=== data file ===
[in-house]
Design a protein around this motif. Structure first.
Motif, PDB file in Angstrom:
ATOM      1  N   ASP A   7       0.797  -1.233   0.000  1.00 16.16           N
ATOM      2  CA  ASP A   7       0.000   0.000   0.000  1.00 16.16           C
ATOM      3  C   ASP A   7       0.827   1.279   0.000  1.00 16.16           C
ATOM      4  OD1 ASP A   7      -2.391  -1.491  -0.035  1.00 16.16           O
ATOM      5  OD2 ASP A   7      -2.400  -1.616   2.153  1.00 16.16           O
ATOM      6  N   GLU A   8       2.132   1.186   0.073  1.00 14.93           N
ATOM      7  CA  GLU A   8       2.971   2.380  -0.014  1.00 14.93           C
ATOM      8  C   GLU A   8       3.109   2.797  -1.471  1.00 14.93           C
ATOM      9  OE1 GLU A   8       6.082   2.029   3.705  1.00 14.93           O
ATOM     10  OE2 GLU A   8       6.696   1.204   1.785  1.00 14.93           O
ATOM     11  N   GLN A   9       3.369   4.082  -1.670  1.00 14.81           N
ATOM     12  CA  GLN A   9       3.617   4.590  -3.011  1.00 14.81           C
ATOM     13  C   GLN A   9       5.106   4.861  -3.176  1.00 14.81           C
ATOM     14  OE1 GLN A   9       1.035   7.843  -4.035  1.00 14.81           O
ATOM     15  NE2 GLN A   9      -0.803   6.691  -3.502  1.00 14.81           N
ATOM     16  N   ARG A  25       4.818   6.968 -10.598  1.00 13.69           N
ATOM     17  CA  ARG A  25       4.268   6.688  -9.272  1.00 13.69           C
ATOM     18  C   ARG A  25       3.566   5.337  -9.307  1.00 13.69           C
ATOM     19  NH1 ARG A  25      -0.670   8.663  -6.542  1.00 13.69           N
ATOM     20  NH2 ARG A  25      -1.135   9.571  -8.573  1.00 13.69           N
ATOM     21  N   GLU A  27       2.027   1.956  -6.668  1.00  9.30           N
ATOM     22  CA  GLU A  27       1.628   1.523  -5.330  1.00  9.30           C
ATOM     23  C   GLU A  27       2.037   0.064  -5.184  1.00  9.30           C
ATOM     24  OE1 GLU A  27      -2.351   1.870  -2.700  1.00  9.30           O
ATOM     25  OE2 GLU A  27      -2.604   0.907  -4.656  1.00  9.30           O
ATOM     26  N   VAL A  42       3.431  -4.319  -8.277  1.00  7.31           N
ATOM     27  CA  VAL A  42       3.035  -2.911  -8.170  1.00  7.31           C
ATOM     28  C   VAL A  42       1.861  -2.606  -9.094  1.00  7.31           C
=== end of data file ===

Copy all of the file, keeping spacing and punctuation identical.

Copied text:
[in-house]
Design a protein around this motif. Structure first.
Motif, PDB file in Angstrom:
ATOM      1  N   ASP A   7       0.797  -1.233   0.000  1.00 16.16           N
ATOM      2  CA  ASP A   7       0.000   0.000   0.000  1.00 16.16           C
ATOM      3  C   ASP A   7       0.827   1.279   0.000  1.00 16.16           C
ATOM      4  OD1 ASP A   7      -2.391  -1.491  -0.035  1.00 16.16           O
ATOM      5  OD2 ASP A   7      -2.400  -1.616   2.153  1.00 16.16           O
ATOM      6  N   GLU A   8       2.132   1.186   0.073  1.00 14.93           N
ATOM      7  CA  GLU A   8       2.971   2.380  -0.014  1.00 14.93           C
ATOM      8  C   GLU A   8       3.109   2.797  -1.471  1.00 14.93           C
ATOM      9  OE1 GLU A   8       6.082   2.029   3.705  1.00 14.93           O
ATOM     10  OE2 GLU A   8       6.696   1.204   1.785  1.00 14.93           O
ATOM     11  N   GLN A   9       3.369   4.082  -1.670  1.00 14.81           N
ATOM     12  CA  GLN A   9       3.617   4.590  -3.011  1.00 14.81           C
ATOM     13  C   GLN A   9       5.106   4.861  -3.176  1.00 14.81           C
ATOM     14  OE1 GLN A   9       1.035   7.843  -4.035  1.00 14.81           O
ATOM     15  NE2 GLN A   9      -0.803   6.691  -3.502  1.00 14.81           N
ATOM     16  N   ARG A  25       4.818   6.968 -10.598  1.00 13.69           N
ATOM     17  CA  ARG A  25       4.268   6.688  -9.272  1.00 13.69           C
ATOM     18  C   ARG A  25       3.566   5.337  -9.307  1.00 13.69           C
ATOM     19  NH1 ARG A  25      -0.670   8.663  -6.542  1.00 13.69           N
ATOM     20  NH2 ARG A  25      -1.135   9.571  -8.573  1.00 13.69           N
ATOM     21  N   GLU A  27       2.027   1.956  -6.668  1.00  9.30           N
ATOM     22  CA  GLU A  27       1.628   1.523  -5.330  1.00  9.30           C
ATOM     23  C   GLU A  27       2.037   0.064  -5.184  1.00  9.30           C
ATOM     24  OE1 GLU A  27      -2.351   1.870  -2.700  1.00  9.30           O
ATOM     25  OE2 GLU A  27      -2.604   0.907  -4.656  1.00  9.30           O
ATOM     26  N   VAL A  42       3.431  -4.319  -8.277  1.00  7.31           N
ATOM     27  CA  VAL A  42       3.035  -2.911  -8.170  1.00  7.31           C
ATOM     28  C   VAL A  42       1.861  -2.606  -9.094  1.00  7.31           C